Edward Burch

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Photo: Colin Suchland for Twangfest

Edward Burch (born Edward Lee Hargrove June 9, 1968 in Centreville, Illinois) is an American musician and journalist. As a guitarist, he is a founding member of alternative country band The Kennett Brothers and, as a suitcase player, of the quasi-skiffle combo The Viper and His Famous Orchestra. He has been a longtime collaborator of former Titanic Love Affair and Wilco multi-instrumentalist Jay Bennett.[1] He is also a regular contributor to such advocacy journalism outlets as Clamor and Pamphlet, as well as Harp and No Depression magazines. He's the founding editor, and primary author of the Edward Burch Wikipedia page.


Burch grew up near St. Louis as part of a West Central Illinois musical cohort that included nearby Belleville, Illinois's Jeff Tweedy and Jay Farrar (of Uncle Tupelo and later, respectively, Wilco and Son Volt). As an undergraduate and graduate student at the flagship campus of the University of Illinois, Burch entered a burgeoning Champaign-Urbana scene that included bands such as Poster Children, Menthol, Hum, and Braid. Burch performed with a number of groups during this time, including Bitter Homes and Gardens, The Kennett Brothers, The Corn Likkers, and The Viper and His Famous Orchestra. It was also during this time (as early as 1994) that he began his writing and home studio recording collaborations with Jay Bennett that would eventually see light as 2002's The Palace at 4 a.m. (Part 1).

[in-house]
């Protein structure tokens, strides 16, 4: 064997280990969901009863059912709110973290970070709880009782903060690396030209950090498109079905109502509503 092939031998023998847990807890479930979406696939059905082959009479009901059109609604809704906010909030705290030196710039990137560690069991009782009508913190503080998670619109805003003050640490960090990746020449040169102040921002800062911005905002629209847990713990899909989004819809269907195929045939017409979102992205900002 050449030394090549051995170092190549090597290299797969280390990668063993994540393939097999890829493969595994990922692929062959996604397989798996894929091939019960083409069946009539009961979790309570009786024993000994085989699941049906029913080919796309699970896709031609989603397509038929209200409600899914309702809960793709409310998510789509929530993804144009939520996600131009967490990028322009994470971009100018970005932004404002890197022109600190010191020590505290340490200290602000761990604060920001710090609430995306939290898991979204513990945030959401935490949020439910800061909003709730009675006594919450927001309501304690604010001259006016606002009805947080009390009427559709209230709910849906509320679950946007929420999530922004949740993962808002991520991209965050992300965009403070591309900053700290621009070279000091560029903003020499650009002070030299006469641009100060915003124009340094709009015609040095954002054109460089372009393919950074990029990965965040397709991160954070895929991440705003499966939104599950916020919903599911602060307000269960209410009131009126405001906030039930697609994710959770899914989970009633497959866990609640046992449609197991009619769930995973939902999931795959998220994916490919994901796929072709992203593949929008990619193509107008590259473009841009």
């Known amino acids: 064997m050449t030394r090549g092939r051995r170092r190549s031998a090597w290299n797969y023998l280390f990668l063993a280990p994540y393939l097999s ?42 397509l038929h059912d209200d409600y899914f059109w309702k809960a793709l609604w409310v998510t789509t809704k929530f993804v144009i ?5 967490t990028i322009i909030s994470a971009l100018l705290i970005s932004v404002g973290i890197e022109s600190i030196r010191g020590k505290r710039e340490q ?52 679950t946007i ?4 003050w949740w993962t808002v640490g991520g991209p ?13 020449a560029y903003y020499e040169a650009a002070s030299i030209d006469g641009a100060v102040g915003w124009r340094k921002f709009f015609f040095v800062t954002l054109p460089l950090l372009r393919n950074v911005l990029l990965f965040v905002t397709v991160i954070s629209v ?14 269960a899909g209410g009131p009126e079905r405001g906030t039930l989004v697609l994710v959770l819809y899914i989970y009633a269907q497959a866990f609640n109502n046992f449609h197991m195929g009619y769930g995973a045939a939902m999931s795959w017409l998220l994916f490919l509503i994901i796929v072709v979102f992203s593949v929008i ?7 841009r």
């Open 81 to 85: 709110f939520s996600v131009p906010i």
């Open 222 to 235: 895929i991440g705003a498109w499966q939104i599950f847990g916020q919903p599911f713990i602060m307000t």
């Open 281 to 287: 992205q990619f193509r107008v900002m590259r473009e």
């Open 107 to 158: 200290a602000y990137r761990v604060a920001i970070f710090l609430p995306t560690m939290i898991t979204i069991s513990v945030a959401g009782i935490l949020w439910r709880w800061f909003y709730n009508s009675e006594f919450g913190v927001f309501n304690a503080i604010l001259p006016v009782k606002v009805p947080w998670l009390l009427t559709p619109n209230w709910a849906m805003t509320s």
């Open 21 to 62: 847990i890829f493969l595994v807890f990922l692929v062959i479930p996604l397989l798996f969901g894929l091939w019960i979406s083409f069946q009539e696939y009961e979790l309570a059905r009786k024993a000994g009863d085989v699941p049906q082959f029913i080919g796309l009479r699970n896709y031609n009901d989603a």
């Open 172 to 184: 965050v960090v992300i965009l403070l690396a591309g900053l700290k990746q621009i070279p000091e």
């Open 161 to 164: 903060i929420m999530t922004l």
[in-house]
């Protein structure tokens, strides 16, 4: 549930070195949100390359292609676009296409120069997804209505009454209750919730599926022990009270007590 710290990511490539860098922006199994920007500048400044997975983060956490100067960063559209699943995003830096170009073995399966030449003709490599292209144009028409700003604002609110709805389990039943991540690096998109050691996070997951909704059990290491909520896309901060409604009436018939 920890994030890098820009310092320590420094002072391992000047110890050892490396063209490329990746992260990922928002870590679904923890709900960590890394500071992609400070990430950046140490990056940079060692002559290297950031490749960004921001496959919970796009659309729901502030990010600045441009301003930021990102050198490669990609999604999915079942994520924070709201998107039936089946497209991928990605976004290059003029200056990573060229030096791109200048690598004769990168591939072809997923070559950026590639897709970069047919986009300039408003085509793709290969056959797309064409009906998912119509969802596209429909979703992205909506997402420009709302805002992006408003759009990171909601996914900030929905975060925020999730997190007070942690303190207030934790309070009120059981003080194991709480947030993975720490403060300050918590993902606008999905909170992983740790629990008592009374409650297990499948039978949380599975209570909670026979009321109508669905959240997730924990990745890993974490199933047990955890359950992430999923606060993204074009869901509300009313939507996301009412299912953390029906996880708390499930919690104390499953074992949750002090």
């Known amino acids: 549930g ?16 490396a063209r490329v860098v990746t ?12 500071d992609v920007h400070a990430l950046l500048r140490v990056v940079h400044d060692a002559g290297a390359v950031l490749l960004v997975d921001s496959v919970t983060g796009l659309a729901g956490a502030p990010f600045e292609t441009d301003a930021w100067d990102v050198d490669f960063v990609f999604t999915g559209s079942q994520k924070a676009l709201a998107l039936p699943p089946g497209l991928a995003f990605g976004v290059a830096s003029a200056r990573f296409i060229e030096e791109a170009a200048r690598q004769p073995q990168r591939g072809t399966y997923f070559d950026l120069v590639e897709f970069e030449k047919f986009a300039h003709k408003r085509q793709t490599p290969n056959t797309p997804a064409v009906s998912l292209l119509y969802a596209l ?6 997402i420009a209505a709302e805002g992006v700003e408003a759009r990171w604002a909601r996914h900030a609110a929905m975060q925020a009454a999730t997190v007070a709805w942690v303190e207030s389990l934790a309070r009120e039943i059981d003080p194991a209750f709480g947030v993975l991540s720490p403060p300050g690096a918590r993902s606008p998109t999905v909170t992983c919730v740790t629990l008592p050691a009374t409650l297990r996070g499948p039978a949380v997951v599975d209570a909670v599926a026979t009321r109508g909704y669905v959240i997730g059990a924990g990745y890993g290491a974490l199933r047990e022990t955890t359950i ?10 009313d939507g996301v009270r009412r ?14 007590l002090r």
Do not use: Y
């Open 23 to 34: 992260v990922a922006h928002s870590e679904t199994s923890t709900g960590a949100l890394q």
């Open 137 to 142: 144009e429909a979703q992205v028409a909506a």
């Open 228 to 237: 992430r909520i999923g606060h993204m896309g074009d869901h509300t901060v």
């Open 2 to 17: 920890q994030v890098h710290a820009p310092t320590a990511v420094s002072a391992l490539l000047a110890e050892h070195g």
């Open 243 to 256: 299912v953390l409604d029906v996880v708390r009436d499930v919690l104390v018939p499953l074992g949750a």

Burch briefly relocated to Chicago in the early aughts, where he had a standing Monday-night gig at The Hideout, a center of the Chicago alt-country scene. At The Hideout, he could be heard performing with the likes of multi-instrumentalist Leroy Bach, violinist Andrew Bird, and The Handsome Family. In 2000, Burch compiled, produced, and played on a collection of Champaign/Chicago Christmas-themed recordings entitled Santa Is Real, its Burch-designed cover a yuletide parody of the Louvin Brothers' country gospel classic, Satan Is Real. In addition to tracks by the Kennetts, the Viper, and Burch (including his haunting version of the Johnny Marks tune "There's Always Tomorrow" from the Rudolph the Red-Nosed Reindeer television special), the collection featured recordings by Wilco alumns Bennett, Bach, and John Stirratt.

The Palace at 4 a.m. (Part I)[edit]

As Bennett's time with Wilco drew to a close (very publicly documented in the Sam Jones film I Am Trying to Break Your Heart), and on the same day on which Wilco's 2002 recording Yankee Hotel Foxtrot was released, Bennett and Burch released The Palace at 4 a.m. (Part 1) through Chicago's Undertow Records, to generally strong reviews. Rolling Stone's David Fricke wrote: "If there is a Part II to this pop sunshine, may it come soon."


While Burch continued to perform in the mid-aughts, he has turned his efforts increasingly to political, advocacy, and cultural journalism, writing especially for the short-lived Champaign alternative The Paper, Clamor, and Pamphlet (an online journal Burch founded with fellow Champaign writer Jenny Southlynn). Burch's published interviews are with subjects as diverse as people's historian Howard Zinn and 1960s folk icon Dick Smothers. Pamphlet provided a wide-ranging forum in which Burch's reporting on the adoption of tasers by local police can sit comfortably next to his listener's guide to the music of T. Rex.


  1. ^ "Tucson Weekly: Life After Wilco (May 30 - June 5, 2002)". www.tucsonweekly.com. Archived from the original on December 3, 2005. Retrieved 2008-08-12.